The first-generation Soviet missiles, as it turned out, were lousy weapons, and the Soviet Union never built many. But no one knew this until after the United States had committed to building thousands of its own missiles as a deterrent. The recipe was the same in 1960 and 2003: Take a record of previously underestimating the enemy, combine with a secretive regime and a mercurial, bluffing strongman, mix in inadequate information and — voilà — you have a lot of chagrined officials and a huge bill.

This problem will likely get worse. Not only is it hard to detect chemical and biological facilities, even nuclear weapons programs today have a small “footprint.” Where the Manhattan Project required the equivalent of small cities, more recent programs, such as the one South Africa ran in the 1980s and Pakistan built in the 1990s, require only a few large buildings. Much of the North Korean program appears to be hidden in caves, and until recently we knew little of the Iranian and Libyan programs — which ran for decades.

That's why we need to focus even harder on improving collection and on understanding the true limits of our information at any given moment. Even the best analyst can't make intelligence out of whole cloth.

But the most important lesson to draw from this episode is appreciating how intelligence really fits into the making of U.S. foreign policy.

Kay said analysts have come to him “almost in tears” because he had been unable to find the weapons they predicted. He describes them “apologizing for reaching the conclusions they did.” As a one-time analyst myself, I sympathize with them. Analysts are regularly asked to put their reputations on the line. And at stake this time was whether Americans would go to war.

But trying to understand an often-hostile world with incomplete data is, in essence, not an intelligence problem at all. It's a policy problem, and hinges on the kinds of risks an official is willing to accept on behalf of his country. Critics of the Bush administration claim officials “cherry picked” intelligence to fit their own preconceptions or relied too much on outside analysts. Vice President Cheney — who still believes we may find hidden weapons in Iraq — has been the most conspicuous target.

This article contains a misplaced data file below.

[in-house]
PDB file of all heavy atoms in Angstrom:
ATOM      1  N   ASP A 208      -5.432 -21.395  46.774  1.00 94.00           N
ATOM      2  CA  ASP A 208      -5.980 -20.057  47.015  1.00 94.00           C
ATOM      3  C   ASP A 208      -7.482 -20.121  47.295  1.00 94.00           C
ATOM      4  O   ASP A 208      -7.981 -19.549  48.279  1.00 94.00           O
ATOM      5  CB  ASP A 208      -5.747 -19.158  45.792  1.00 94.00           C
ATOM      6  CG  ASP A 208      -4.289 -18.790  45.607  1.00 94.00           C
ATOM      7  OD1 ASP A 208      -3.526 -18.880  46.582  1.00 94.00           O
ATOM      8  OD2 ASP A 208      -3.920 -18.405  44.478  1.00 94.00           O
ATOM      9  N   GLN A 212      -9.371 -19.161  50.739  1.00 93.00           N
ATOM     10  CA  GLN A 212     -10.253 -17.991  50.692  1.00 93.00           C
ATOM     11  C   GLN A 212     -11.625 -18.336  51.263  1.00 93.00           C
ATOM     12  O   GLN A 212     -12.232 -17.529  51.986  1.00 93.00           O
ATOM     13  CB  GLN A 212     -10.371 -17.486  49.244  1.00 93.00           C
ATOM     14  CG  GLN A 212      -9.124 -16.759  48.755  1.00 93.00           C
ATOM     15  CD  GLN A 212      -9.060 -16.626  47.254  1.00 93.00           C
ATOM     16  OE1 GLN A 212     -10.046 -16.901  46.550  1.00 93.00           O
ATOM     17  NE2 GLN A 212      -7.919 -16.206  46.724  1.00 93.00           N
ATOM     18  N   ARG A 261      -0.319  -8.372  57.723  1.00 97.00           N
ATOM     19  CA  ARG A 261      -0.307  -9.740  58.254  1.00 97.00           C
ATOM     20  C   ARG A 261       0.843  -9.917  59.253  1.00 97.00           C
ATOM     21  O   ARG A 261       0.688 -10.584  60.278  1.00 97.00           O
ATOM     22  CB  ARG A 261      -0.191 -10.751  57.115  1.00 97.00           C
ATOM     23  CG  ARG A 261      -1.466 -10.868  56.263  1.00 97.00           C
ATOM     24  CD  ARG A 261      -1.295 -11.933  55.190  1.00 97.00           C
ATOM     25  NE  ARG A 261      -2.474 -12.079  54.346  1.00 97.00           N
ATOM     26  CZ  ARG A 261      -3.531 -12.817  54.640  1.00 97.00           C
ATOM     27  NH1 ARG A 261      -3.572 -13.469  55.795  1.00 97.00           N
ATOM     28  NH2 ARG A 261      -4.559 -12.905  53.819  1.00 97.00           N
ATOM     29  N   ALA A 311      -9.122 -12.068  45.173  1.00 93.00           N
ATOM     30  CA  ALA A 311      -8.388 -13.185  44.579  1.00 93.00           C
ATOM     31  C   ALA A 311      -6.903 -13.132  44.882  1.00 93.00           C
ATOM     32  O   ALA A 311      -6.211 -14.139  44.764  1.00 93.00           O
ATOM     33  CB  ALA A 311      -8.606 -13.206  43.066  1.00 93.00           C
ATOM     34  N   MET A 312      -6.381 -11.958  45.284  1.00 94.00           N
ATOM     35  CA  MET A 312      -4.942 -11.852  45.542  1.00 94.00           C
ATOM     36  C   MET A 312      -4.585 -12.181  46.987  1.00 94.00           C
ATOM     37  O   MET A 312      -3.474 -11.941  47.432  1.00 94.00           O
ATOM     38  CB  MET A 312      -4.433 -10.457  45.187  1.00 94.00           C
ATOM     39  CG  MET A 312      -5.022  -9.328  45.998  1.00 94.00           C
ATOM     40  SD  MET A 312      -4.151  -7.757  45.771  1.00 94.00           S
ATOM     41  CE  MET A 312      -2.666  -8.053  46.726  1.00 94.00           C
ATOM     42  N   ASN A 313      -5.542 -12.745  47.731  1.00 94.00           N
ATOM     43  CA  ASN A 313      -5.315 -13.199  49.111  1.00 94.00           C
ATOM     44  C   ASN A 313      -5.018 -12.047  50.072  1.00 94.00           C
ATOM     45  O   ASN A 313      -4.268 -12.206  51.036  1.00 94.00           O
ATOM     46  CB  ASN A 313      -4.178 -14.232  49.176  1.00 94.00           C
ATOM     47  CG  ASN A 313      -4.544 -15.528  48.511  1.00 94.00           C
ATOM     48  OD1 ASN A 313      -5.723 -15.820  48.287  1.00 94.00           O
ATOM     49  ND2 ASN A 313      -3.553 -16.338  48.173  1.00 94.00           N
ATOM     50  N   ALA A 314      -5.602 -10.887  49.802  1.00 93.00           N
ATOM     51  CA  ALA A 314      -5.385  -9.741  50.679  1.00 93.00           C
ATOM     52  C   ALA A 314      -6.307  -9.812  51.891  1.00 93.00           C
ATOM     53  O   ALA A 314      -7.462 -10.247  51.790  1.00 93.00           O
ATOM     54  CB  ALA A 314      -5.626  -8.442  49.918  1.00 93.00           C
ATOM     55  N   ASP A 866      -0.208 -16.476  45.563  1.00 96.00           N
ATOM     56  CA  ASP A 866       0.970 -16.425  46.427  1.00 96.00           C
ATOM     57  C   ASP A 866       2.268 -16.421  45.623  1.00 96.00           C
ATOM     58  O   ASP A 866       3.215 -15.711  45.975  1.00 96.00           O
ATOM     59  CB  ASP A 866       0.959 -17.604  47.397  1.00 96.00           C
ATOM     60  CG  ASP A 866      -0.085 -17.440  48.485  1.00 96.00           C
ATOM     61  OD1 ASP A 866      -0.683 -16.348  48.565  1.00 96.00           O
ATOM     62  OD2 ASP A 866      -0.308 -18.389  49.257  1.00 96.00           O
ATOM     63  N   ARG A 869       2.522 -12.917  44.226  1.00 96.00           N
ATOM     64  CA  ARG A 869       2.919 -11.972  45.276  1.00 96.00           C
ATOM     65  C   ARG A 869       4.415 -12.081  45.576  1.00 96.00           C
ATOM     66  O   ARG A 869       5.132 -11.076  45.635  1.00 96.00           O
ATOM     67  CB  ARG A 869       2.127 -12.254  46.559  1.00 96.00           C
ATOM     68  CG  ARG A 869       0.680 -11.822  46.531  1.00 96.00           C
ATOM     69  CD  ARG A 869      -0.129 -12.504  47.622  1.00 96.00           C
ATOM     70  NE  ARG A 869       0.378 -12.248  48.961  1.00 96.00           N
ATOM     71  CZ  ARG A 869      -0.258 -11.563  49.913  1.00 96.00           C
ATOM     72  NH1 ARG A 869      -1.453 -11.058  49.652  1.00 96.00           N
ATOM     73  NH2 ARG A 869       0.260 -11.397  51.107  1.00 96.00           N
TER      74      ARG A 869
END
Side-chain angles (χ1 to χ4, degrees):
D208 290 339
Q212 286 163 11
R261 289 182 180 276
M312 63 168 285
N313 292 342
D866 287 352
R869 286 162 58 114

This suggests that intelligence is — or ought to be — the most important input for government officials. In reality, intelligence is just one drop in a fire-hose torrent of facts and analysis an official sees every day. Personal contacts, think tank papers, press reports, and the gut reactions an official brings to office are usually much more important. After all, that's why we have elections. If policy automatically followed from intelligence, what would be the sense in choosing one candidate over another?

When used wisely, intelligence can contribute to good policy. But history shows that any policymaker can seize upon bits of intelligence that confirm his or her worst fears or greatest hopes, especially when there's little to choose from. Even as that data begins to look more tenuous, those long-cherished views can be hard to let go.

Intelligence analysts will always need to know when to say only “we cannot rule it out” instead of “we believe.” Then officials will have to decide what they want to do, argue their case and run on their record. That's exactly how policy — and intelligence — should work in a democracy.

Bruce Berkowitz is a research fellow at the Hoover Institution at Stanford University and a senior analyst at the RAND Corporation. His latest book is “The New Face of War” (The Free Press).